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I was recently reading Zach Holman's blogpost on time and remembering that I've had to work with CMIP5 output that used a 360 day calendar, rather than a 365 day or a Greogrian (or Proleptic Gregorian) one.

Do models that store output in this calendar run on a more physically accurate timestep and then somehow interpolate to a different calendar, or are they actually simulating on a 360 calendar? If they're actually using a 360 calendar, how does that work? Is incoming solar radiation simply parameterised in an interpolated way across the year for 360 days of regular duration? I can't imagine that the days are stretched out to account for being 1.5% fewer.

Does any of this have a substantial impact on the results?

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Models are set up with a calendar (length of year), and run using that calendar - there is, usually, no interpolation to any other calendar afterwards.

Yes, seasonal cycles in the forcing are adjusted to the relevant calendar - say 360 days.

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  • $\begingroup$ Thanks! So does that mean, for example, that the days run longer to compensate? Does that have an effect on something like Diurnal Temperature Range due to more time for land heating over the day? $\endgroup$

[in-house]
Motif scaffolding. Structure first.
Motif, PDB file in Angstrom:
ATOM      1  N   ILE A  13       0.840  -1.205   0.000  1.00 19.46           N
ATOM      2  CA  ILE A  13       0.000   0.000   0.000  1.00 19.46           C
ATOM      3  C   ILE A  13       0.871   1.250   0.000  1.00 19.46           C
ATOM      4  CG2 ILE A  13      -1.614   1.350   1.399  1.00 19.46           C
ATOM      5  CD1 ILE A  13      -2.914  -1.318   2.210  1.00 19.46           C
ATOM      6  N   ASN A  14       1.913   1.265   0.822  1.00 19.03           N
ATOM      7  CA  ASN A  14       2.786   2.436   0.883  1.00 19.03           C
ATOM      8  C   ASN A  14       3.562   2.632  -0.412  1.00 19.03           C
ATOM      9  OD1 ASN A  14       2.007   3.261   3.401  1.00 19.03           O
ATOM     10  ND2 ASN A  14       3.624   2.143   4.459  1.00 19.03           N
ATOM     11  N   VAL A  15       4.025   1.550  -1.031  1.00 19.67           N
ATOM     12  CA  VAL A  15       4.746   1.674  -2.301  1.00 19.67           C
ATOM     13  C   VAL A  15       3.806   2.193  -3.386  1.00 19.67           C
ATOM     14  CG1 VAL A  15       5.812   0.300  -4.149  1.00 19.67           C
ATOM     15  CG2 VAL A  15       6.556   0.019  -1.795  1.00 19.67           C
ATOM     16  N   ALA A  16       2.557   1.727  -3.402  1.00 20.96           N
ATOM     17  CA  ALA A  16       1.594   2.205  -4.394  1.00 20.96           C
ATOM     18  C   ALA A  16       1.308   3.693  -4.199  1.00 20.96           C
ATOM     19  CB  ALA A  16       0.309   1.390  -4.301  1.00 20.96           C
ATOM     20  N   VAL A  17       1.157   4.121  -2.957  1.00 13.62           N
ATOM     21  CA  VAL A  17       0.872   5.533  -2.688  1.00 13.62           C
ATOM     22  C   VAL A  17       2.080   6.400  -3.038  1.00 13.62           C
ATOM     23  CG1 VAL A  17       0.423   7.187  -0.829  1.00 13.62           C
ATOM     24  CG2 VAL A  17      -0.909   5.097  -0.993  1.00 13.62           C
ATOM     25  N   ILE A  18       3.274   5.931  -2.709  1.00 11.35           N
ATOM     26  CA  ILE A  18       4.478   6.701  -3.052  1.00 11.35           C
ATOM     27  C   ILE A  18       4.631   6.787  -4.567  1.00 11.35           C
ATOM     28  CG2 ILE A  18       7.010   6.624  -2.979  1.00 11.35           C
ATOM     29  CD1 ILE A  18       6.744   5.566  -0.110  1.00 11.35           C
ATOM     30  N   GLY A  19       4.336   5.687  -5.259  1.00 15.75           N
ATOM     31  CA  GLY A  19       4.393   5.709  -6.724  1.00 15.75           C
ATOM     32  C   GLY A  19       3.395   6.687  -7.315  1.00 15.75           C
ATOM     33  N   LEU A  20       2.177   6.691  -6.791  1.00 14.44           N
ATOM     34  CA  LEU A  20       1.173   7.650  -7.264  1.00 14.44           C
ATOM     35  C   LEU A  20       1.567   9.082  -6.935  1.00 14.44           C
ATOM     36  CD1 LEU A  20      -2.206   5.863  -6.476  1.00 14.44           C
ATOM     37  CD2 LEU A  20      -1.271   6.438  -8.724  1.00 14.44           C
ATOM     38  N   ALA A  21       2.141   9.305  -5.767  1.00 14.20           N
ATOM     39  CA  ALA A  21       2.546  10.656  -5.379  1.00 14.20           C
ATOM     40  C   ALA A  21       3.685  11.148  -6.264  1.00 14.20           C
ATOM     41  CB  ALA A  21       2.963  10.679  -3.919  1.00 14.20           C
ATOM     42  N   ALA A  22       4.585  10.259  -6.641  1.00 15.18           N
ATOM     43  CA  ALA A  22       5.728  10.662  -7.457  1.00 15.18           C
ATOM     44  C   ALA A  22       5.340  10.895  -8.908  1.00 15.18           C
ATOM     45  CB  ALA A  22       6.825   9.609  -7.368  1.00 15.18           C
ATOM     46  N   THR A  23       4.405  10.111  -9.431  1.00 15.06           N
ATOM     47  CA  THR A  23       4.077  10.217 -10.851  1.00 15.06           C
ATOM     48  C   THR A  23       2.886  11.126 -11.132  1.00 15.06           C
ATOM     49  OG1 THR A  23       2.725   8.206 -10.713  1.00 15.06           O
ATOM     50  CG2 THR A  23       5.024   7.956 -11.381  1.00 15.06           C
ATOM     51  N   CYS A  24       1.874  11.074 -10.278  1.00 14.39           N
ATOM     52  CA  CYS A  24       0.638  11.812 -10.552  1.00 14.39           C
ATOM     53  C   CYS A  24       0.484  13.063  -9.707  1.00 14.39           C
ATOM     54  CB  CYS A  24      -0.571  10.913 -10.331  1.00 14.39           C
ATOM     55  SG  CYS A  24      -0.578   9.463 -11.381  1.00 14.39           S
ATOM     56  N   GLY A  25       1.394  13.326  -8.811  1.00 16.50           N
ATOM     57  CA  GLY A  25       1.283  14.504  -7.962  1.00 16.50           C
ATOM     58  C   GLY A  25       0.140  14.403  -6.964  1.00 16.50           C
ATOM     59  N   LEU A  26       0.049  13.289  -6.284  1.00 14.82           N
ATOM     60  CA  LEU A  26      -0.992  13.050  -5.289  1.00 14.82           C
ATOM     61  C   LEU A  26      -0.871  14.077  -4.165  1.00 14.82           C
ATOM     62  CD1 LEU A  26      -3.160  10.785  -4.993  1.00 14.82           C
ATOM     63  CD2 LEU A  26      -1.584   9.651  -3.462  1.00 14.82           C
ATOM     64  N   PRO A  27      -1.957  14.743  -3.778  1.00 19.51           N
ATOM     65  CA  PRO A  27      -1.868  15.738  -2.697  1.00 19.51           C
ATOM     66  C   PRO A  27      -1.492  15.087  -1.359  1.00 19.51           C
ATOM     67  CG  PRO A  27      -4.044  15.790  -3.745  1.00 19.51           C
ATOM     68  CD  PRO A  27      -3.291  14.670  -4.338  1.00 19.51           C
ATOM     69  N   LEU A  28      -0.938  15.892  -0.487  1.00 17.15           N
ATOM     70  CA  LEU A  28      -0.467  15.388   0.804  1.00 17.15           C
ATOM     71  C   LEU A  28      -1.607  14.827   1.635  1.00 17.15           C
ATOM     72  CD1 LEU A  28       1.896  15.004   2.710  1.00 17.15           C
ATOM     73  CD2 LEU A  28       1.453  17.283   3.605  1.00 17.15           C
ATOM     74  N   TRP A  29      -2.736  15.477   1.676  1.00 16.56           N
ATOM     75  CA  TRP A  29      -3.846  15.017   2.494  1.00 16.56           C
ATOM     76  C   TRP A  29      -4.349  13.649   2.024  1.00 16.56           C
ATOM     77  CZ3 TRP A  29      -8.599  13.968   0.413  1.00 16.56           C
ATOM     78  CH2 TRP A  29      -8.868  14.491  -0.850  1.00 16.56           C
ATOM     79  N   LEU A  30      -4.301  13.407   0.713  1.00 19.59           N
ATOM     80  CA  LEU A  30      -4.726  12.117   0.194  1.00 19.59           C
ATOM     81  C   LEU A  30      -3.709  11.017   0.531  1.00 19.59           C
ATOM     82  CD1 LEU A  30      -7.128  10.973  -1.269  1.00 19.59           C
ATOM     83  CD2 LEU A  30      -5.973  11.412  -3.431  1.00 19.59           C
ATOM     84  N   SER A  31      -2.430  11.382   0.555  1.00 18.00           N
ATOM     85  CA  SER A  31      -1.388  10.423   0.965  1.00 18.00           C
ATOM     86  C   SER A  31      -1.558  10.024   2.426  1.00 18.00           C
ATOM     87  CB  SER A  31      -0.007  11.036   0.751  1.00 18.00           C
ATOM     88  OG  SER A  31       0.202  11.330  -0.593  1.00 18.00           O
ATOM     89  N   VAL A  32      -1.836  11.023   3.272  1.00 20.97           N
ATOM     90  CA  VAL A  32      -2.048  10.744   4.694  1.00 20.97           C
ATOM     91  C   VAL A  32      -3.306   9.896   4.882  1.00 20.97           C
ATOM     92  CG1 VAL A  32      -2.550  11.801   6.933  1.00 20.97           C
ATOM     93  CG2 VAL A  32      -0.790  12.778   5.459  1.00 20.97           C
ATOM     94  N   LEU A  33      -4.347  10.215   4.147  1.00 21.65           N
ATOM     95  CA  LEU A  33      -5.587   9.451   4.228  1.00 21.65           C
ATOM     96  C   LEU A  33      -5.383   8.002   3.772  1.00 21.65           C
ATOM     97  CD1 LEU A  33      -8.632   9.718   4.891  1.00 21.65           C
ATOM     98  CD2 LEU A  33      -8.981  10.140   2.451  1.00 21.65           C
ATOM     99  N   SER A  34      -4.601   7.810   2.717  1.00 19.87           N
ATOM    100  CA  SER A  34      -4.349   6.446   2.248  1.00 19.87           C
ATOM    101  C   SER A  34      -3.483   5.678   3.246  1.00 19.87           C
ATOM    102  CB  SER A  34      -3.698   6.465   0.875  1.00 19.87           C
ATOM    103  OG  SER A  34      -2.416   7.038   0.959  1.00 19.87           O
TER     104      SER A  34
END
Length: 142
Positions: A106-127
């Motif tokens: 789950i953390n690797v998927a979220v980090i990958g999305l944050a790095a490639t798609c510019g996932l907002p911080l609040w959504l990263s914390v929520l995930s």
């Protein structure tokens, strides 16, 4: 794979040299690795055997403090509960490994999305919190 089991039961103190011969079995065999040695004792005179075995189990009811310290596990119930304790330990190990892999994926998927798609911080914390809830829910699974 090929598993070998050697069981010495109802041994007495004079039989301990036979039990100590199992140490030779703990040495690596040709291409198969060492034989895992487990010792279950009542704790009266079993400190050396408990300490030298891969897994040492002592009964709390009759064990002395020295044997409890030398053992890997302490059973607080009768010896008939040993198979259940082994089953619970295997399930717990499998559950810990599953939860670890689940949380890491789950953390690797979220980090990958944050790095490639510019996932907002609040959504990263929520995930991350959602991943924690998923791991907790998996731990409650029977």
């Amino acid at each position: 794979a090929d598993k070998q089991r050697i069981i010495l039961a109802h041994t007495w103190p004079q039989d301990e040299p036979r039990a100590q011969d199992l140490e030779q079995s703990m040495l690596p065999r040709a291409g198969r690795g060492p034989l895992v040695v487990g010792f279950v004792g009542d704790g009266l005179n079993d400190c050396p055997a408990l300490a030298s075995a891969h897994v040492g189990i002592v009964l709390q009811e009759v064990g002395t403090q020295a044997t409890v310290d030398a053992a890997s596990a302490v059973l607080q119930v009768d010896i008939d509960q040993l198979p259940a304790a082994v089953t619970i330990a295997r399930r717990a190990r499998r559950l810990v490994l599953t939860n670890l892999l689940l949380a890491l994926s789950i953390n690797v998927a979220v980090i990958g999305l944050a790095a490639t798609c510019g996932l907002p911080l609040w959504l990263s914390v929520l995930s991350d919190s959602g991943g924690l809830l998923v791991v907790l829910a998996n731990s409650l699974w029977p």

– jimjamslam
    Sep 29, 2021 at 5:30
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    $\begingroup$ No, the length of the day is the same in all these calendars - and as used in models. But the annual cycle length is adjusted to fit the years length. Your query applies there too of course - does the 360 year model have shallower annual cycles in e.g. ocean warmup? Is there a compensation for this? The answer is 'no compensation'. If it wasn't for all the other differences between climate models then the approx. 1.5% shorter model year should indeed make a small imprint on such things as the amplitude of the annual cycle in ocean heat uptake, for instance. Good question though! $\endgroup$ Oct 4, 2021 at 10:50
  • $\begingroup$ Thanks Peter, that's good to know! $\endgroup$
    – jimjamslam
    Oct 5, 2021 at 1:20

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